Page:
Two mason professors have helped with the relief effort in Japan by analyzing satellite photos like this one.

Members of the George Mason University community are continuing to lend support to the Japan relief effort following the devastating March 11 earthquake and tsunami. Two scientists from Mason’s Department of Geography and GeoInformation Science, Guido Cervone and Germana Manca, were recruited by the U.S. Geological Survey to help analyze satellite images of Japan.

The International Charter Space and Major Disasters organization, which works with “space data acquisition and delivery” for countries afflicted by disasters, activated Japan aid measures at the request of the Japanese government. Cervone said he was then contacted by the USGS to work with these organizations analyzing data.

Cervone, who said his work involves “analysis of remote sensing and model data associated with natural disasters,” worked with images generated by a U.S. satellite called Landsat. He began his work as soon as the images were available, which was the day after the tsunami. For eight straight hours, Cervone and Manca worked with arcGIS software — a geographic information system — to analyze the images assigned by the USGS.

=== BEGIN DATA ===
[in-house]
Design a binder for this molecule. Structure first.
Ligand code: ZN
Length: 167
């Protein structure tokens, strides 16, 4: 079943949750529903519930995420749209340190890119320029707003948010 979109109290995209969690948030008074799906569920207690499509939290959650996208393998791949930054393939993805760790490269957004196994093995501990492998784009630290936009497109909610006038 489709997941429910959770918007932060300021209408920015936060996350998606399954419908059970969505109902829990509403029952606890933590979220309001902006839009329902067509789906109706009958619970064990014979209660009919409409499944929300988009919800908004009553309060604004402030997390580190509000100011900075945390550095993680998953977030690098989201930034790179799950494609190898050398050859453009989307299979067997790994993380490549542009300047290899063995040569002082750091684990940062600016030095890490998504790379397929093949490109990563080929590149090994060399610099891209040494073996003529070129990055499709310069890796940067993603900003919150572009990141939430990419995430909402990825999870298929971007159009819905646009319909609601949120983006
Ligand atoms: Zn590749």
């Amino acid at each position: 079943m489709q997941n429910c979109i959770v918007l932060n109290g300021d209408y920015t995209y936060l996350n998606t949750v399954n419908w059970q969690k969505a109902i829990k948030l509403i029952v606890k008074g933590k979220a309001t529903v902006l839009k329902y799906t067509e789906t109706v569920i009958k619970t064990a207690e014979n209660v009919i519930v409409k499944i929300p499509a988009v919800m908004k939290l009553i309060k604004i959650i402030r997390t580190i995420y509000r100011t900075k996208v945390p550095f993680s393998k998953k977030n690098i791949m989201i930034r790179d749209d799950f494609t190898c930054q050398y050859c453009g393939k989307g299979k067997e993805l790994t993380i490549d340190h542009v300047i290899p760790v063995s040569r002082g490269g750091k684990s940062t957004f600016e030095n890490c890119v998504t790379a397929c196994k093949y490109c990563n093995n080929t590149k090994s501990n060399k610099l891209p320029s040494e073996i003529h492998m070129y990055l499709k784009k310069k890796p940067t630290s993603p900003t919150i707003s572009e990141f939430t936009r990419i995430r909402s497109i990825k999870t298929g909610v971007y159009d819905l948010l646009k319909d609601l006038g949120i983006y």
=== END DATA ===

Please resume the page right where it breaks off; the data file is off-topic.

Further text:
“The goal was to generate high-resolution maps of before and after the tsunami and write up a small assessment of the damages,” Cervone said.

They specifically looked at images in the Iwate and Miyagi prefectures, identifying inundated land, destroyed homes, fallen bridges and collapsed dams. Cervone believes the maps were used to assess devastation, identify areas in need of most immediate help and to assess monetary damage to afflicted areas.

Due to the large amount of images and data, the USGS contracted several companies and two universities, Mason and Clark University in Massachusetts, for interpretation and analysis.

Cervone said that studying and working with information regarding natural disasters is nothing new to the Department of Geography and GeoInformation Science, and that they “constantly follow events worldwide.”

Cervone has worked with Pasquale Franzese, a research associate professor at Mason, creating models representing atmospheric contamination. These models were used by local meteorologist Bob Ryan in discussing Japan’s radioactivity following the disaster. He also worked with Donglian Sun, an assistant professor in the geography and geoinformation science department, analyzing satellite data relating to sea temperature and Hurricane Katrina.